In characterizing the issue in this manner, we acknowledge that the insured did read the terms of the policy covering lessees and did discover the error in that policy. He was told by the agent that the umbrella policy provided the additional coverage. He did not read the provisions of the umbrella policy. Although that policy is not part of the record, we assume that it contains a clause or clauses defining the word "insured" in such a manner that lessees are excluded from the class of persons insured by the policy. We assume further that this definitional exclusion is clear and unambiguous. Therefore, it could have been found, read and understood by Darner. Of course we have no way of knowing that these assumptions are correct; however, it was the appellant's burden to make an adequate record on appeal. Since the appellant failed to offer the policy in evidence at the trial, we settle all factual uncertainty in favor of supporting the judgment of the trial court.
Implicit in the reasoning of the court of appeals is the concept that the insurance policies purchased by Darner constitute the contract between Darner and Universal. Darner is considered to be bound by the terms contained within the documents. The court of appeals held:
Because Mr. Darner received a copy of the umbrella policy and made no contention that it was ambiguous or confusing, he cannot expand the insurer's liability beyond the terms of the umbrella policy issued by Universal.
(slip op. at 7). Basic to this holding is the principle that the oral agreement between Doxsee and Darner cannot be shown to vary the terms of the insurance policy. This, indeed, was at one time the majority view. See cases cited in 12 Appleman, Insurance Law and Practice § 7155 (1981); similar language is contained in Parks v. American Casualty Co. of Reading, Pa., 117 Ariz. 339, 572 P.2d 801 (1977); Sellers v. Allstate Insurance Company, 113 Ariz. 419, 422, 555 P.2d 1113, 1116 (1976); see also Western Farm Bureau Mut. Ins. Co. v. Barela, 79 N.M. 149, 441 P.2d 47 (1968). Some cases, including those from our own state, hold that since insurance policies are like other contracts, where the meaning and intent of the parties is "clear" from the words used in the instrument, the courts cannot "rewrite" the policy by considering the actual "words" used in striking the bargain. Thus, the rule of interpretation is stated to be that the intention of the parties as derived from the language used within the four corners of the instrument must prevail. See, e.g., Rodemich v. State Farm Mutual Auto Insurance Co., 130 Ariz. 538, 539, 637 P.2d 748, 749 (App. 1981) (a vehicle which turned over and was damaged when the driver swerved to avoid an animal was not covered under the "upset" clause of a comprehensive risk policy because "upsets" resulting from attempts to avoid collision with animals were not covered unless there was actual contact).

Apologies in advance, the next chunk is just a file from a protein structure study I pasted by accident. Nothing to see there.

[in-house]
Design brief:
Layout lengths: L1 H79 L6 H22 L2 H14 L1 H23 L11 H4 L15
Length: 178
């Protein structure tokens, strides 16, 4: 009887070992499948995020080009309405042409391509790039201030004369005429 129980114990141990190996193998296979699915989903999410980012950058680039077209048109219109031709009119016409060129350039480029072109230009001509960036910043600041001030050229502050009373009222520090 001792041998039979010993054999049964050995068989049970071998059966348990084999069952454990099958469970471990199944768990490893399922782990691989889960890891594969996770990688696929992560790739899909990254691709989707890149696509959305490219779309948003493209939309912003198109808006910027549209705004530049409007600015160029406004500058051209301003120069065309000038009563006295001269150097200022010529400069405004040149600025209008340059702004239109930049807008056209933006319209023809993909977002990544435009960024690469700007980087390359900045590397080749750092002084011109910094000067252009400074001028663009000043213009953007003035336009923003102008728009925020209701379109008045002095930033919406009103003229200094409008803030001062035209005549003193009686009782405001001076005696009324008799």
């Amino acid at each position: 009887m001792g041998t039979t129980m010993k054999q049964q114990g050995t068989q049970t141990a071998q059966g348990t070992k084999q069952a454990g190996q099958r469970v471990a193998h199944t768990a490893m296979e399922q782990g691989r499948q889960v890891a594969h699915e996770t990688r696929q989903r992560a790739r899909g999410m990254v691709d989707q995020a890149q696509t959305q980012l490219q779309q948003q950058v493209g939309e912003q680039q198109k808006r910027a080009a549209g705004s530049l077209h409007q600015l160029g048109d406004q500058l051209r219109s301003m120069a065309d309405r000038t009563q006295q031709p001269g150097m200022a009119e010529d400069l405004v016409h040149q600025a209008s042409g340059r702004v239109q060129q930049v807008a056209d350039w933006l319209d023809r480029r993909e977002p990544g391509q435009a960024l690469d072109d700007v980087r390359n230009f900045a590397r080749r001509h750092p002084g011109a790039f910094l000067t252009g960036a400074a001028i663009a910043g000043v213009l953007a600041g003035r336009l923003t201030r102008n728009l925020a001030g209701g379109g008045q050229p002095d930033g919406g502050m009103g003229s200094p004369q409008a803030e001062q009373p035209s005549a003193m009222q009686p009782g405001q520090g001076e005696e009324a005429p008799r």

Rodemich is a good example of the mischief made by applying ordinary contract law to insurance policies. No doubt it would have come as a great surprise to Mr. and Mrs. Rodemich (and, also, to the State Farm agent who sold the policy) to learn that they had formed any intent to delete collision coverage — which covers physical damage even when there is no collision — and to include comprehensive coverage, which generally excludes "collision" damage but covers other physical damage, such as that caused by upset, except upset damage resulting from attempts to avoid birds or animals. In the latter situation there is coverage under the comprehensive clause only if one collides with the bird or animal. It would have surprised the Rodemichs even more to learn of the method by which the court was able to determine, from the four corners of the instrument, their specific intent not to be covered for physical damage resulting from the overturning of their vehicle in a successful attempt to avoid striking an animal on the road. The court reasoned as follows:
However, [coverage D of the policy includes the clause] a "loss caused by . . . colliding with birds or animals shall not be deemed to be loss caused by collision." (Emphasis added). Hence, Coverage D provides that a loss caused by colliding with an animal would be within the comprehensive coverage. We believe that the policy's use of the term "colliding," rather than the term "collision" which was specifically defined in the policy, indicates that, "collision" and "colliding" are not the same thing under policy. "Collision is defined to include "upsets" of the covered vehicle, regardless of the cause, and therefore does not require any contact between the vehicle and any other object. Because the policy used the different term "colliding" in excluding from the definition of "collision" any "loss caused by . . . colliding with birds or animals," we believe that the terms of the policy indicate that the parties intended "colliding with . . . animals" to be read in its ordinary dictionary sense and thus to require an actual striking, clashing, or coming together of the motor home and an animal. Therefore, unless the motor home actually struck the animal, there was no "loss caused by . . . colliding with . . . animals." Instead, the motor home suffered an upset, within the definition of "collision" excluded from the comprehensive coverage.